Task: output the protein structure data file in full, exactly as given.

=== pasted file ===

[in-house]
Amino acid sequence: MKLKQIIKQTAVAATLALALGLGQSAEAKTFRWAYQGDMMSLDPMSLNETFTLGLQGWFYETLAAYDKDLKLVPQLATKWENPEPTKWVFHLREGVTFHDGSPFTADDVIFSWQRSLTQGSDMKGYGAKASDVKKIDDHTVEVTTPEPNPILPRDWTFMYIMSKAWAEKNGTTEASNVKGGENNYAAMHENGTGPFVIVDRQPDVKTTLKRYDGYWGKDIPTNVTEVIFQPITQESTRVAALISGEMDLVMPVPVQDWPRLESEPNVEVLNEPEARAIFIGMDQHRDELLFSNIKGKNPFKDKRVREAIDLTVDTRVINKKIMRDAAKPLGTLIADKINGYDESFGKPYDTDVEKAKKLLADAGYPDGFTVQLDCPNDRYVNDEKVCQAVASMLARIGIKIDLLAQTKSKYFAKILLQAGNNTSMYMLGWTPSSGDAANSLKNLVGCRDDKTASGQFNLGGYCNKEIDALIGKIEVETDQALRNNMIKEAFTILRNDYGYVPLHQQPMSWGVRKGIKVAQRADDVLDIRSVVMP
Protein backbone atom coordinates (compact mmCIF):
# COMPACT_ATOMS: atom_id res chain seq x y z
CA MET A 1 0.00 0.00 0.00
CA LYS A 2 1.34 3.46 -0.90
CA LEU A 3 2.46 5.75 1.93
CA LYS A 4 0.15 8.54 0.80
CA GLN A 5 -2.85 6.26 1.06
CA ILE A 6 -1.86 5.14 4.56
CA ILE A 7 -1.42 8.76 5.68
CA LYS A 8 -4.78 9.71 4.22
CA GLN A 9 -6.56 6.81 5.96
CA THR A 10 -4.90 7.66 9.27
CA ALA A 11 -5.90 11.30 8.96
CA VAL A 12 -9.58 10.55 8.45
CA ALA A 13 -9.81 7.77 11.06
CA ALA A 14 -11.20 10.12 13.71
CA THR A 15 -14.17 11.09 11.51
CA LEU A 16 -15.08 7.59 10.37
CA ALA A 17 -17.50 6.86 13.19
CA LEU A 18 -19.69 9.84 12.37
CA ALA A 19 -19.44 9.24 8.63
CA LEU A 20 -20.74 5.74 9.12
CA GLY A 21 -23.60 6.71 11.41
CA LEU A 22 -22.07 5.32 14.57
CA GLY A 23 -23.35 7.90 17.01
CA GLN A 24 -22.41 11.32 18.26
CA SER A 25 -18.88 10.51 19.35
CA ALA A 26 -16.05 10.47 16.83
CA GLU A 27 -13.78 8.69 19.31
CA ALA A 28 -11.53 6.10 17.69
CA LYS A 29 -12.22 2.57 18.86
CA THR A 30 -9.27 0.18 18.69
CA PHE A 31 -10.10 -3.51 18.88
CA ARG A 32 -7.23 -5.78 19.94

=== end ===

[in-house]
Amino acid sequence: MKLKQIIKQTAVAATLALALGLGQSAEAKTFRWAYQGDMMSLDPMSLNETFTLGLQGWFYETLAAYDKDLKLVPQLATKWENPEPTKWVFHLREGVTFHDGSPFTADDVIFSWQRSLTQGSDMKGYGAKASDVKKIDDHTVEVTTPEPNPILPRDWTFMYIMSKAWAEKNGTTEASNVKGGENNYAAMHENGTGPFVIVDRQPDVKTTLKRYDGYWGKDIPTNVTEVIFQPITQESTRVAALISGEMDLVMPVPVQDWPRLESEPNVEVLNEPEARAIFIGMDQHRDELLFSNIKGKNPFKDKRVREAIDLTVDTRVINKKIMRDAAKPLGTLIADKINGYDESFGKPYDTDVEKAKKLLADAGYPDGFTVQLDCPNDRYVNDEKVCQAVASMLARIGIKIDLLAQTKSKYFAKILLQAGNNTSMYMLGWTPSSGDAANSLKNLVGCRDDKTASGQFNLGGYCNKEIDALIGKIEVETDQALRNNMIKEAFTILRNDYGYVPLHQQPMSWGVRKGIKVAQRADDVLDIRSVVMP
Protein backbone atom coordinates (compact mmCIF):
# COMPACT_ATOMS: atom_id res chain seq x y z
CA MET A 1 0.00 0.00 0.00
CA LYS A 2 1.34 3.46 -0.90
CA LEU A 3 2.46 5.75 1.93
CA LYS A 4 0.15 8.54 0.80
CA GLN A 5 -2.85 6.26 1.06
CA ILE A 6 -1.86 5.14 4.56
CA ILE A 7 -1.42 8.76 5.68
CA LYS A 8 -4.78 9.71 4.22
CA GLN A 9 -6.56 6.81 5.96
CA THR A 10 -4.90 7.66 9.27
CA ALA A 11 -5.90 11.30 8.96
CA VAL A 12 -9.58 10.55 8.45
CA ALA A 13 -9.81 7.77 11.06
CA ALA A 14 -11.20 10.12 13.71
CA THR A 15 -14.17 11.09 11.51
CA LEU A 16 -15.08 7.59 10.37
CA ALA A 17 -17.50 6.86 13.19
CA LEU A 18 -19.69 9.84 12.37
CA ALA A 19 -19.44 9.24 8.63
CA LEU A 20 -20.74 5.74 9.12
CA GLY A 21 -23.60 6.71 11.41
CA LEU A 22 -22.07 5.32 14.57
CA GLY A 23 -23.35 7.90 17.01
CA GLN A 24 -22.41 11.32 18.26
CA SER A 25 -18.88 10.51 19.35
CA ALA A 26 -16.05 10.47 16.83
CA GLU A 27 -13.78 8.69 19.31
CA ALA A 28 -11.53 6.10 17.69
CA LYS A 29 -12.22 2.57 18.86
CA THR A 30 -9.27 0.18 18.69
CA PHE A 31 -10.10 -3.51 18.88
CA ARG A 32 -7.23 -5.78 19.94